We feared for our lives and for the lives of our loved ones. This is how we sought shelter.

The uneasiness and anger we’re feeling stems from a primal human need: safety. It has driven us to action on behalf of those around us, as well as those we may never meet. We were all, as the state order reminded us, safer at home. It’s the force that drives all our lives now.

• • •

Morgan Nickse's painting. [Courtesy of Larry Reeder]

Morgan Nickse, 17, of Seminole painted this interpretation of life in the age of COVID-19.

— Submitted by her grandfather, Larry Reeder, who has homes in Seminole and the Villages

Related: Museums and artists in Tampa Bay feel the pain of coronavirus closures

• • •

Jonathan Barnes in his garage with a 3D printer he uses to create face shields. [JOHN PENDYGRAFT | Times]

When he learned a friend and emergency room worker in Ocala was looking for face protection, Jonathan Barnes, chairman of fine arts and humanities at St. Petersburg College, fired up his personal 3D printer and created shields. When demand increased, he used two other 3D printers borrowed from the school to produce more, at a pace of six shields every four hours. He prints the headpieces and hand-cuts the face protection from plastic stencil film. He attaches the film to the headpiece using a three-hole punch.

— John Pendygraft, Tampa Bay Times

Related: The Helpers: SPC professor creates 3D-printed face shields for medical workers

• • •

Edith Scott, a pharmacy tech in Tampa, sent this photo of the face mask she wears to work with her hijab. [Edith Scott]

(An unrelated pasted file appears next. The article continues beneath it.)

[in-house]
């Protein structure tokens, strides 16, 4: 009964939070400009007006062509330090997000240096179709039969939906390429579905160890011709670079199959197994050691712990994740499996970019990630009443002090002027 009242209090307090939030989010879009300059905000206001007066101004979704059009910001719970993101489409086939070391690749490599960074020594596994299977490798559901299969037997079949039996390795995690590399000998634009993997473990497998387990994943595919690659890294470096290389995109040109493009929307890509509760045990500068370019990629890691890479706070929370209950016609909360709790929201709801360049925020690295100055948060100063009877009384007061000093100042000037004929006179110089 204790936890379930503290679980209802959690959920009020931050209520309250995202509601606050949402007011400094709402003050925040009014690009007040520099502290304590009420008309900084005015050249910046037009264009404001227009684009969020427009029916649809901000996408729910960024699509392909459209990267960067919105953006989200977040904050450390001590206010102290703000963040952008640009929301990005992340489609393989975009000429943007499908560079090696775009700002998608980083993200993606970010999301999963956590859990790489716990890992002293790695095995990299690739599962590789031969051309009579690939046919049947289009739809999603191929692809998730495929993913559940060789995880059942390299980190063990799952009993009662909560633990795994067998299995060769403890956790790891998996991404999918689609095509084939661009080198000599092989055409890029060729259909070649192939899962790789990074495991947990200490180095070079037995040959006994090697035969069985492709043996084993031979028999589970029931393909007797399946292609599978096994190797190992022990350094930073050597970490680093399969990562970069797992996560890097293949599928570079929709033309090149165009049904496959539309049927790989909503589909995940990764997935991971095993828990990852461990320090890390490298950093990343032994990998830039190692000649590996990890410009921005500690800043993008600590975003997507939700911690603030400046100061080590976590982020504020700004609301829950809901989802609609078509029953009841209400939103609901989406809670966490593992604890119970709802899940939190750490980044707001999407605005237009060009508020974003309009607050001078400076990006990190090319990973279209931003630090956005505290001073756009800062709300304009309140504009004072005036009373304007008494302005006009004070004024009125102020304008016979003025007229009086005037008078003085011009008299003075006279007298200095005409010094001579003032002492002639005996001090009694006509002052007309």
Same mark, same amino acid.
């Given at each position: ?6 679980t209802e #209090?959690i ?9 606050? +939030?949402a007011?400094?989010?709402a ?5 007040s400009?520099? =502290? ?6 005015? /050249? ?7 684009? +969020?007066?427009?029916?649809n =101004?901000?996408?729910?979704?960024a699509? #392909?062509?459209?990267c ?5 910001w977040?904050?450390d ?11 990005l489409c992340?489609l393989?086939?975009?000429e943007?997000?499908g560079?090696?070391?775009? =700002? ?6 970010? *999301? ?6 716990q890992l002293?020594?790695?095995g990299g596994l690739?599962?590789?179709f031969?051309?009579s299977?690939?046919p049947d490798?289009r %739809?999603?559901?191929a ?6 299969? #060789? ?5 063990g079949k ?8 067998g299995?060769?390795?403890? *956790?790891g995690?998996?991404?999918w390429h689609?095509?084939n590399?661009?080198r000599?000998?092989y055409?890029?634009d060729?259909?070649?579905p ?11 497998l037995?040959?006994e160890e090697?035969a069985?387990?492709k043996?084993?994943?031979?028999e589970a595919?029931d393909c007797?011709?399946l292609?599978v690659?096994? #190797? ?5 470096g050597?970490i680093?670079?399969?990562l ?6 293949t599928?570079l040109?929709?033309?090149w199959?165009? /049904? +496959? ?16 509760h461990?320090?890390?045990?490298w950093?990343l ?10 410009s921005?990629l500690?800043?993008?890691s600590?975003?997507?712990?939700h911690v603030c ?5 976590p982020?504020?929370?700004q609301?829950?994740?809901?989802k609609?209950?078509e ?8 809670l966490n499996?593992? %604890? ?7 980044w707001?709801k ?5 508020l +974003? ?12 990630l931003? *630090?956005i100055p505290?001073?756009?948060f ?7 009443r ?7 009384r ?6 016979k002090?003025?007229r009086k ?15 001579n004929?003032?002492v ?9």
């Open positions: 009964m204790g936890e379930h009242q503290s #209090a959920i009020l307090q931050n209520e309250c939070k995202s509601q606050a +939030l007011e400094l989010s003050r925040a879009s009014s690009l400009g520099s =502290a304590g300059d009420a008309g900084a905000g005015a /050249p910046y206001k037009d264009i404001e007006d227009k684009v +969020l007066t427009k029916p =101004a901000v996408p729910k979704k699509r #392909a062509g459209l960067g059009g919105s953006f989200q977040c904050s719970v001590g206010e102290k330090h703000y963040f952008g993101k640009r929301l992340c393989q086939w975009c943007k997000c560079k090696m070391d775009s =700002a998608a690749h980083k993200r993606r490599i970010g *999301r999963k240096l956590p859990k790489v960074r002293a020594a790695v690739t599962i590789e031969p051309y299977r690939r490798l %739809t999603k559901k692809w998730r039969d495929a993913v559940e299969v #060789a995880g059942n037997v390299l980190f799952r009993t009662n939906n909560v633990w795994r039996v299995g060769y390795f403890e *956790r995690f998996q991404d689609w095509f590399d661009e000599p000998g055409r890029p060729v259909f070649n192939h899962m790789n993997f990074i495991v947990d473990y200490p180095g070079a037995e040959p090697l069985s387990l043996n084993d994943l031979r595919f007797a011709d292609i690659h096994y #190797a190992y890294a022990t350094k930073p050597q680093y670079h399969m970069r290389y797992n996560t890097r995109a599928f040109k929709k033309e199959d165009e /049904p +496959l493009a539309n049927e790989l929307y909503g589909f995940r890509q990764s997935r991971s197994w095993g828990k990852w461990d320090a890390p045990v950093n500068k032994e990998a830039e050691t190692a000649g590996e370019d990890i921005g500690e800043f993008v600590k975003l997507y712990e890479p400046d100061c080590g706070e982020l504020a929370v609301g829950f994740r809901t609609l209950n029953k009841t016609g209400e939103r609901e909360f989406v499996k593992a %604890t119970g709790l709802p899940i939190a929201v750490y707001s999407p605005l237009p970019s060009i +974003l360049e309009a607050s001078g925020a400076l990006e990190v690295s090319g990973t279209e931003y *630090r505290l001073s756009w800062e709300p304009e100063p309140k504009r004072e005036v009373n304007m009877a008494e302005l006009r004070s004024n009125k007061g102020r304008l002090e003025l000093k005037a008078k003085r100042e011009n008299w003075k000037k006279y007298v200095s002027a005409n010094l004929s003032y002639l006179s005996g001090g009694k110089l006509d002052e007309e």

Edith Scott, a pharmacy tech who wears a hijab, writes: “Yesterday, the people ridiculed me, but today, the people thank me. ... My co-workers told me, ‘All these years we thought you had your clothes wrong, just to find out you have the right clothes.’ From my brother’s business storage came my N95 masks and safety glasses, so God is the best of planners. From God I came, to Him I will return, but God is the healer and protector, so gratefully and thankfully, I am here to be of service to all of mankind."

— Submitted by Edith Scott, Tampa

• • •

Kristen Casey took this photo on a day when she and others were still helping existing patients during the coronavirus pandemic. [Kristen Casey]

“I am not a doctor or a nurse,” writes Kristen Casey, a clinic access team member at Moffitt Cancer Center. She and her colleagues “are here day in and day out for our patients, who have already been facing life-altering medical issues. We love caring for people and will continue doing everything we can to stay safe.”

— Submitted by Kristen Casey, Temple Terrace

Related: Touching makes us human. Coronavirus makes it complicated.

• • •

Dangerous Times

When lightning is flashing

and thunder is crashing

with strong winds blowing

and high seas flowing

These dangers we see

These dangers we hear

We know what to do

when we feel that fear.

Stay home. Stay dry.

Stay safe. Stay warm.

Always try to avoid

the storm.

There's a bad storm now

though out of our view,

an invisible menace.

Do we know what to do?

Yes, the answer's the same:

Stay safe. Stay warm.

Let's all stay home

to help end this storm.

— Submitted by Barbara Van Weelden, Hudson

• • •

Grace Torrefranca, 8, of Tampa wrote this song about staying safe. She performed it with her aunt, Britt Herron, and cousin, Dex, who live in Dallas, via Zoom.

— Submitted by Cristine Torrefranca, Tampa

• • •









The Surreal


For all the stories in the series, click here.